The name for the new wine came after vast indecision (I’m sure the new Alheit man-child baby, due any day now, will not be so difficult to name). I reported in a piece on “difficult” wine names late last year that no-one loves old vineyards, tradition and history more than Chris does – but “when tinkering with names for a new wine, even they are realising, reluctantly, that the historically plausible “Bovogelfontein” might just not go down too well in London and New York”.

The new wine gets its name, Chris tells me, thus: “The vineyard lies a few degrees off true north from our cellar [in the Hemel-en-Aarde], roughly on magnetic North. The name implies distance and exploration. It implies a true course of action or movement.  It implies an attractive force causing us to drive bloody miles and miles for these vines.  There is plenty of iron in the soil, which is a magnetic element, so that fits nicely too. In physical reality, magnetic North is always moving, it never remains in the same place, so there is the added implication of a mysterious unattainable target. ‘Makstok’ is a local Afrikaans colloquialism for an ungrafted vine.’ 

I tasted the wine in barrel last year, and immensely look forward to tasting it again, now bottled – and comparing it with two other brilliant chenins from the Skurfberg in the Olifants Rivier region – Sadie’s Ouwingerdreeks Skurfberg and one of the Cape’s more underrated wines, Ginny Povall’s Botanica.

By the way, there’s no pic yet of the new label – as it’s not yet quite finished! Watch this space.


Chris Alheit with his old barrels and young wines (the pics from the Alheit website)

As to the cult bit. I’m sure the Alheit 2013s wine will be available locally, briefly, in a few retail outlets and restaurants, only after commercial release in July, but the Magnetic North, particularly, will be in very short supply (and I’d guess it’ll be well over R400 retail). I have little doubt that all the stock could have been sold via the mailing list if the Alheits had so chosen (but however committed to genuine values they might be, they recognise market realities and know that at this stage it’s still best for the wine to get around a bit).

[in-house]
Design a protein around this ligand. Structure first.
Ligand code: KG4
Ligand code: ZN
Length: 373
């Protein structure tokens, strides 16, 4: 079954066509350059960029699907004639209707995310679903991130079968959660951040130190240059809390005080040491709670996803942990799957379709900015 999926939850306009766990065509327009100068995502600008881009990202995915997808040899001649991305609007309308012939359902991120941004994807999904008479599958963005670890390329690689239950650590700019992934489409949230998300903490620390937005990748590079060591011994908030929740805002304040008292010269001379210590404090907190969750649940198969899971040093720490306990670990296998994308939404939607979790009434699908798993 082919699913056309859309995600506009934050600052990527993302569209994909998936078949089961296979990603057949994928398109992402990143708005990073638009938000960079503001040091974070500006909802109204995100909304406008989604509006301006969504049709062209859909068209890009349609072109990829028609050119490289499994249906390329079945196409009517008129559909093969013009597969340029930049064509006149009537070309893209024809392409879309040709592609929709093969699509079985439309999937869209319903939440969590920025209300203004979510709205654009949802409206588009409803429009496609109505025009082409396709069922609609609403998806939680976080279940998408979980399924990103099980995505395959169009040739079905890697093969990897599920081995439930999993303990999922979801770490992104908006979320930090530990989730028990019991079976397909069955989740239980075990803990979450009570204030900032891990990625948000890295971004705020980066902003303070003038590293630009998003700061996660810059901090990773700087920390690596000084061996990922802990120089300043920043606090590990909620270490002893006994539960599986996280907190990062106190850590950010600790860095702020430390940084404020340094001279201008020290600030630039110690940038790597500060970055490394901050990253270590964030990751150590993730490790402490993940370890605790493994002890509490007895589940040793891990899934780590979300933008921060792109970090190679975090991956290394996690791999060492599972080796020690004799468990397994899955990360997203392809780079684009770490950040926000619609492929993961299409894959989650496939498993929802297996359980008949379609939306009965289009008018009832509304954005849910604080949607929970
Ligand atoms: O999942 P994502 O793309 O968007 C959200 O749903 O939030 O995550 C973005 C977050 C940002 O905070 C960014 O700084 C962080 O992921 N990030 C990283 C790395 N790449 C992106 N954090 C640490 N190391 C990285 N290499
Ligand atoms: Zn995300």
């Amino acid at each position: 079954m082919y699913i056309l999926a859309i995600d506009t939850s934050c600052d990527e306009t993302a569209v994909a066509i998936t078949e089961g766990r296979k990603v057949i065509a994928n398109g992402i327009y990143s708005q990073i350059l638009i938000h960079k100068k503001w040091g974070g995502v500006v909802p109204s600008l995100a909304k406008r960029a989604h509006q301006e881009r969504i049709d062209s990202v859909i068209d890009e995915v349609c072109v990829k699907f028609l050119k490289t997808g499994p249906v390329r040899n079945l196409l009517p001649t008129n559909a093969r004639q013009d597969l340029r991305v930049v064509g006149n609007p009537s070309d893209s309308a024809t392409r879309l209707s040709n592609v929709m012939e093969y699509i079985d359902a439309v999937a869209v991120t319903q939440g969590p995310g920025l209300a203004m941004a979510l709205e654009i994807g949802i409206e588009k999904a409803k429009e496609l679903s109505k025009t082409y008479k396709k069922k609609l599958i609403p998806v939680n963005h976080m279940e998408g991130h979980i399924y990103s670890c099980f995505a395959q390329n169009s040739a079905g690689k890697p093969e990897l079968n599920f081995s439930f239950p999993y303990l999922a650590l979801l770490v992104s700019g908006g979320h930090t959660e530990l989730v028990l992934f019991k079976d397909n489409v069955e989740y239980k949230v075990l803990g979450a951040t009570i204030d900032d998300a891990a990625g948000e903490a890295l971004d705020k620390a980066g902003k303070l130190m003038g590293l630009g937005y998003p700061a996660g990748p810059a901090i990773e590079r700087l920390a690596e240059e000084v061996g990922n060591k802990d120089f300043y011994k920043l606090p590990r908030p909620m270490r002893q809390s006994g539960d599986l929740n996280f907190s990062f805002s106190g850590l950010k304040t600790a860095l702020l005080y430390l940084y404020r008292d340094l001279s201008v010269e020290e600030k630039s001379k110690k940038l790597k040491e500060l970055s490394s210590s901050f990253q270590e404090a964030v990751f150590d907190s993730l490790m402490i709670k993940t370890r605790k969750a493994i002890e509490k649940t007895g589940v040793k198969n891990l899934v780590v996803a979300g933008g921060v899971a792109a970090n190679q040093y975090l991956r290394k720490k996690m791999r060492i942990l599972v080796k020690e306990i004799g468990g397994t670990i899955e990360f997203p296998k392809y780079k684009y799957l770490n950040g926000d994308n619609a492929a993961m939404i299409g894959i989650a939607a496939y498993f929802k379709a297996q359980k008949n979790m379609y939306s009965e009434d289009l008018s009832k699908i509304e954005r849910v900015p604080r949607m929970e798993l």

But not even everyone on the Alheit mailing list was offered Magnetic North, and no more than six bottles, so small are the quantities available – only those who’ve been keen customers right from the start. Already there’s an A list and a B list, you see…. It’s that sort of process, that sort of reality, that prompted my thoughts about Alheit perhaps becoming the Cape’s first cult winery – though there are already wines hinting at cultishness, perhaps including  Boekenhoutskloof Syrah (less so now than previously) and Sadie’s wonderful Old Vine Series (though not the flagship Sadie wines). (The interesting thing is what incredibly good value all these wines offer!)

The marks of a cult winery? International acclaim, small-release wines that are very hard to get hold of – increasingly only via a mailing list for which there’s a queue. I suggest you try to get on the list while you still can, if you want the wines – if, indeed, you still can. Next year will perhaps prove if I’m correct with my understanding of what’s happening.

Importantly: if anyone can cope gracefully, retaining integrity, once this sort of cult thing starts happening, no-one will do it better than the modest, wine-driven Alheits, I’d suggest.

– Click here for the Alheit Vineyard’s excellent website – though there’s nothing yet there about the forthcoming new releases.